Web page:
Loft Roof Space Ventilation
Loft roof space ventilation isn’t a subject most homeowners think about on a daily basis. However, if something goes wrong as the result of this space not being ventilated, fixing it will quickly become the most important item on their to-do list. Instead of waiting around until something goes terribly wrong, it’s much better to take action in advance. By properly ventilating your roof space, you can avoid the significant problems that can arise from leaving this area unventilated.
What Happens If Loft Roof Space Isn’t Ventilated?
If loft roof space remains unventilated, it can cause:
- High temperatures
- Moisture accumulation
- Stagnant air
Many homeowners are unaware of just how hot their loft roof space can get during the summer. Because the heat in this area can build up to extremely high levels, it can actually warp different structural elements of your home. This hot air’s ability to do damage includes your roof. Research has found that roofs on unventilated homes have a shorter lifespan than those on homes that are properly ventilated. The next issue that can arise from a lack of ventilation is an accumulation of moisture. Because the most common areas for mold to grow are those that feature high levels of moisture, not ventilating your loft space can turn this into a prime target for mold. What makes mold an especially unpleasant problem is that once it begins growing, it can easily spread to other areas of your home. Additionally, not only can the spores it releases into the air make it difficult for people in your home to breathe, but mold can actually cause damage to the areas where it grows. When these issues are combined with the high likelihood of air in this space to stagnate, it’s easy to see why ventilation needs to be taken seriously.
Which Ventilation Options are Ineffective?
There are quite a few different ways that you can ventilate this area of your home. However, it’s important to understand that not all options are effective. For example, solar attic fans may seem like an excellent choice for ventilation. But in reality, these fans don’t have enough power to move the amount of air that is necessary for full ventilation. And in terms of any type of power ventilation, it’s almost always recommended to stick with natural options unless power ventilation is the only approach that works for the design of a specific loft roof space.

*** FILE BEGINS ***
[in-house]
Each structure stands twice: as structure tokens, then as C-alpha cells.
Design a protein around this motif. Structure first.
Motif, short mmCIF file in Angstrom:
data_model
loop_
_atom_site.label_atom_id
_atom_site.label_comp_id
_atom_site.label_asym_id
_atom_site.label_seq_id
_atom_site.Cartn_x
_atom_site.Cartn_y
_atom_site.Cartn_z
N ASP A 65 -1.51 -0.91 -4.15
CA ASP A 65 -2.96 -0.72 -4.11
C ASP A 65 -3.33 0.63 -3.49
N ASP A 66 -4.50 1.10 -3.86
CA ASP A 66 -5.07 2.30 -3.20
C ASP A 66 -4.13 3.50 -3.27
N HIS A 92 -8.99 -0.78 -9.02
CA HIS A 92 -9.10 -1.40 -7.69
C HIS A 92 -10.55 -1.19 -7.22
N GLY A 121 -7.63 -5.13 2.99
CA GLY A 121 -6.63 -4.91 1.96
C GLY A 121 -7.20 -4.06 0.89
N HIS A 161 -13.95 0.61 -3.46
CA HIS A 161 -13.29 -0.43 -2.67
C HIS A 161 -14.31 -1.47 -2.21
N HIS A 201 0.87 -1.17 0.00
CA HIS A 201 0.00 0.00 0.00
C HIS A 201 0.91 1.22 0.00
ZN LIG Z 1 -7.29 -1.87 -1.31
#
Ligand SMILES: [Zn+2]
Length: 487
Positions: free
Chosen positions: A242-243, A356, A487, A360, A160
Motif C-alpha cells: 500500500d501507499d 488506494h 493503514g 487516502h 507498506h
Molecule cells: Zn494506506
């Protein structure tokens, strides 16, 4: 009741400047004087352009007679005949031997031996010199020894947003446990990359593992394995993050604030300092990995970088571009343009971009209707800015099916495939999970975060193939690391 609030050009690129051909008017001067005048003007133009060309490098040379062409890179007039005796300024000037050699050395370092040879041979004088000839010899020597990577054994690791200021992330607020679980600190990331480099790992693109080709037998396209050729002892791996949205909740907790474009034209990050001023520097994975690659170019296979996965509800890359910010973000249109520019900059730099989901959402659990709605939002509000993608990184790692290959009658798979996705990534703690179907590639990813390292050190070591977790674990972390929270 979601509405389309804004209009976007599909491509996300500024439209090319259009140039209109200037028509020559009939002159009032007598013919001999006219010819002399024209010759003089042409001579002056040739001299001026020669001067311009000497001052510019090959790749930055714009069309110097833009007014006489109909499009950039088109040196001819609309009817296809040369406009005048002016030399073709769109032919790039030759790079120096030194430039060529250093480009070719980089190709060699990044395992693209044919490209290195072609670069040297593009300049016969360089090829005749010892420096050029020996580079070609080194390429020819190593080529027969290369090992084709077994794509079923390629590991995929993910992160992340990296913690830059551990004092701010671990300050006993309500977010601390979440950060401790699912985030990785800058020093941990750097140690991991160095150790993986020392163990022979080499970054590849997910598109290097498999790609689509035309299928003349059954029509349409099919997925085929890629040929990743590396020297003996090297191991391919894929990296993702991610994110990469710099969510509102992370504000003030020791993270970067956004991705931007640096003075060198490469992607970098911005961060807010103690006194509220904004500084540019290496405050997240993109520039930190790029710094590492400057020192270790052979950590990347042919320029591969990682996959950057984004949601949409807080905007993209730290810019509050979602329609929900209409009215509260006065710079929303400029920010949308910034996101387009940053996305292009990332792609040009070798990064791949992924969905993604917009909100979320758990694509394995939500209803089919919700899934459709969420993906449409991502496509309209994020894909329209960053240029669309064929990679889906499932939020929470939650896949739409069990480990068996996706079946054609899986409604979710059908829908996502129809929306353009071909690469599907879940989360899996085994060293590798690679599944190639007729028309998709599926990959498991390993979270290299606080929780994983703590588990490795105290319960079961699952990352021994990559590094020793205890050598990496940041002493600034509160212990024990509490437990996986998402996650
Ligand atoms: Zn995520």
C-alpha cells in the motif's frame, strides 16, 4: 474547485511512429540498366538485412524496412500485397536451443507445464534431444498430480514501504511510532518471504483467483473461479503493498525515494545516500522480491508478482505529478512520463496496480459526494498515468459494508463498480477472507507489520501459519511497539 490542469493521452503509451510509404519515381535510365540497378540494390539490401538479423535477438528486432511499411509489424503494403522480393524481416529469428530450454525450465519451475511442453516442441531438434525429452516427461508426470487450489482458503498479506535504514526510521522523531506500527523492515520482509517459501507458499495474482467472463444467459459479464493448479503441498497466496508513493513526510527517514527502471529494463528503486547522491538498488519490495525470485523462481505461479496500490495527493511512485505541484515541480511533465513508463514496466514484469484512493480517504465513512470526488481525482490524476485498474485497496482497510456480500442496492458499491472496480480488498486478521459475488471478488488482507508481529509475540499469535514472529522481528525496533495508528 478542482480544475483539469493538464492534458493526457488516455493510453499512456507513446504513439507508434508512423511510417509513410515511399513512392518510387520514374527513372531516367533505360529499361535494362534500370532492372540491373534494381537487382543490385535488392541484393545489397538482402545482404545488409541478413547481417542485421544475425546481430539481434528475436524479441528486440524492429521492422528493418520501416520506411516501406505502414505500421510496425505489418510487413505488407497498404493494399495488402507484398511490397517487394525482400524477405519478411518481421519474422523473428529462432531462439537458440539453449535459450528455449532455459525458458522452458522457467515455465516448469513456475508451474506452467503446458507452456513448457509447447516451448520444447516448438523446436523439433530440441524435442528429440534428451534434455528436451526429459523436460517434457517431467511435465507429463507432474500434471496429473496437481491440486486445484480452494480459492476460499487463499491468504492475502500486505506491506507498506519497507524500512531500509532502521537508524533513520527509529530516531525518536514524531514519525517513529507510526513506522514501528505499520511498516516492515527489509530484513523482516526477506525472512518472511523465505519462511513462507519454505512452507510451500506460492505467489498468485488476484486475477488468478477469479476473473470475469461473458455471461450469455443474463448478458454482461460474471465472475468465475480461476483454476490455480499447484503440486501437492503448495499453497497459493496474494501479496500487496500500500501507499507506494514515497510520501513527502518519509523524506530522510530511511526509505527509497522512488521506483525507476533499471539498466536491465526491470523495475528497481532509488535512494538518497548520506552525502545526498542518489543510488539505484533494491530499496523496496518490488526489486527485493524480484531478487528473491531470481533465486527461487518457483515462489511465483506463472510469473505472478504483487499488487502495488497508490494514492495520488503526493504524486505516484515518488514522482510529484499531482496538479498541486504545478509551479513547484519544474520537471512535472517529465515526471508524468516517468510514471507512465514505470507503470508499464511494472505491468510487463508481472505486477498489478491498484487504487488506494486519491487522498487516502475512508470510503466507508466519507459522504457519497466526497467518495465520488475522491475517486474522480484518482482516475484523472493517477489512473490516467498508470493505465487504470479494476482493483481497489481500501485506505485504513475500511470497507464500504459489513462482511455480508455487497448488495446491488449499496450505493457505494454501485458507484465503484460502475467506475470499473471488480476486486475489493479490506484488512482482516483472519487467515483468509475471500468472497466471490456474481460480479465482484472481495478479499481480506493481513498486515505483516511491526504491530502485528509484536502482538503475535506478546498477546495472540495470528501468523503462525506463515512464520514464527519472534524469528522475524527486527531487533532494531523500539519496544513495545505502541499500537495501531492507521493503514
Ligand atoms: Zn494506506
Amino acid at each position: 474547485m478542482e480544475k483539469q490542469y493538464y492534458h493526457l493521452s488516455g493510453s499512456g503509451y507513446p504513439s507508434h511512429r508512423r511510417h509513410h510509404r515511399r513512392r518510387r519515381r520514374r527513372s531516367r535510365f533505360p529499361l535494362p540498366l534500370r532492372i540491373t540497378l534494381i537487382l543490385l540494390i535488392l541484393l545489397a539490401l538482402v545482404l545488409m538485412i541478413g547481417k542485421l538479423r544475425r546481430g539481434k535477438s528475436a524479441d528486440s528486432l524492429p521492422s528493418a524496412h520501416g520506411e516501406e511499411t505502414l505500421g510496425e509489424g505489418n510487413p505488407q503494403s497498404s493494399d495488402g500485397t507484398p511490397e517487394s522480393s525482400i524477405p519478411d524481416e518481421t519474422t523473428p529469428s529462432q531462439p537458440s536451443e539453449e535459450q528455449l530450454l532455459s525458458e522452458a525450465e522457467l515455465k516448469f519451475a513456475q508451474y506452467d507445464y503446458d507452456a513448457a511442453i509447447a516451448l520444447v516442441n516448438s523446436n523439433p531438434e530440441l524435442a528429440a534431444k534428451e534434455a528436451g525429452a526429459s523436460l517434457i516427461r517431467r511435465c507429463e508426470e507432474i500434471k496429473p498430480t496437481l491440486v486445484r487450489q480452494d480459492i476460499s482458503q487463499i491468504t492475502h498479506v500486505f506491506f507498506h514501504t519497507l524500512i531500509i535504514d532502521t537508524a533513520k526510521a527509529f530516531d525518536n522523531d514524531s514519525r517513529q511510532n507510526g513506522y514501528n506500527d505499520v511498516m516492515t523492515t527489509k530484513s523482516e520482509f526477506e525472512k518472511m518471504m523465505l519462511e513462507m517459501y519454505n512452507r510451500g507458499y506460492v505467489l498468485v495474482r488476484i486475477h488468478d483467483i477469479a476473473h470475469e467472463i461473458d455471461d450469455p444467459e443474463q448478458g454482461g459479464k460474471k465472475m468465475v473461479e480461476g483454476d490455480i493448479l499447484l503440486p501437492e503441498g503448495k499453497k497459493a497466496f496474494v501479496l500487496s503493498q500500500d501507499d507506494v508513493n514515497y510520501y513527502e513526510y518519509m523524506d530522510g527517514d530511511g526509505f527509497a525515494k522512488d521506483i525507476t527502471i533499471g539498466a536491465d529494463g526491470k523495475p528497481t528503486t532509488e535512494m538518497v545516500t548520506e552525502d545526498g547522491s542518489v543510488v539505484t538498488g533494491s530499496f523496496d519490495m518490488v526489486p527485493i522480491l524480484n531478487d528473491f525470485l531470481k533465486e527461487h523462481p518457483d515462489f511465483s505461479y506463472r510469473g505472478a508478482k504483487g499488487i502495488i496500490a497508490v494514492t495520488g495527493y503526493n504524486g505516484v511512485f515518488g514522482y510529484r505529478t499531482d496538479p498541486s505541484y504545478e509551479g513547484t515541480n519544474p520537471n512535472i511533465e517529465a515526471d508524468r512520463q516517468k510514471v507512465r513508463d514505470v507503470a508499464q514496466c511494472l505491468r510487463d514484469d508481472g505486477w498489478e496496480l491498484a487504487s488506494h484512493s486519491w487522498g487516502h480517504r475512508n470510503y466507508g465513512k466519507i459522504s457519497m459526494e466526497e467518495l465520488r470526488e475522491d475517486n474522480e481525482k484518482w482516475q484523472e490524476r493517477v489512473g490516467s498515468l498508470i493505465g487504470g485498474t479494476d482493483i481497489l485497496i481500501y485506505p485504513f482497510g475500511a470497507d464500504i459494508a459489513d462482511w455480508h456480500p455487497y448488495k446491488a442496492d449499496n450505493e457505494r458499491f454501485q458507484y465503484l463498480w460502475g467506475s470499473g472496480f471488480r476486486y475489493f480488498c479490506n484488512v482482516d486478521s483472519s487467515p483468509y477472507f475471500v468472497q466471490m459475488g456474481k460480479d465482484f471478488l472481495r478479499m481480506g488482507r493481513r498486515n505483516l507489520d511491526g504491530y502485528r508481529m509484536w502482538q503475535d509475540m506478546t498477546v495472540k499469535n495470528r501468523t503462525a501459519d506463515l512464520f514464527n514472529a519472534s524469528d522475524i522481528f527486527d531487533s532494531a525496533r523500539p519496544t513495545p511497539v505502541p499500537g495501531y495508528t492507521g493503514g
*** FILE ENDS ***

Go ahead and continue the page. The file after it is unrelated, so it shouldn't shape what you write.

What is the Best Way to Ventilate Your Loft Roof Space?
Although there are ineffective ventilation options, soffit venting is an option that has been proven to work. However, many homes have soffit vents that don’t provide enough ventilation. While it’s easy to assume that this is an issue with the vents, the actual problem is the result of homeowners accidentally covering the vents with insulation. In order to get the best results from soffit vents, you have to make sure that the insulation in your loft roof space isn’t covering them.
- Types Of Loft Ventilation
- Attic Ventilation
- Heat Recovery Ventilation
- Industrial Loft Ventilation
- Loft Roof Space Ventilation
- Natural Ventilation
- Pigeon Loft Ventilation
- Positive Pressure Loft Ventilation System
- Proper Roof Ventilation
- Roof Ventilation
- Soffit Loft Ventilation
- Solar Ventilation
- Loft Ventilation Companies
- Loft Ventilation Information
- Loft Ventilation Products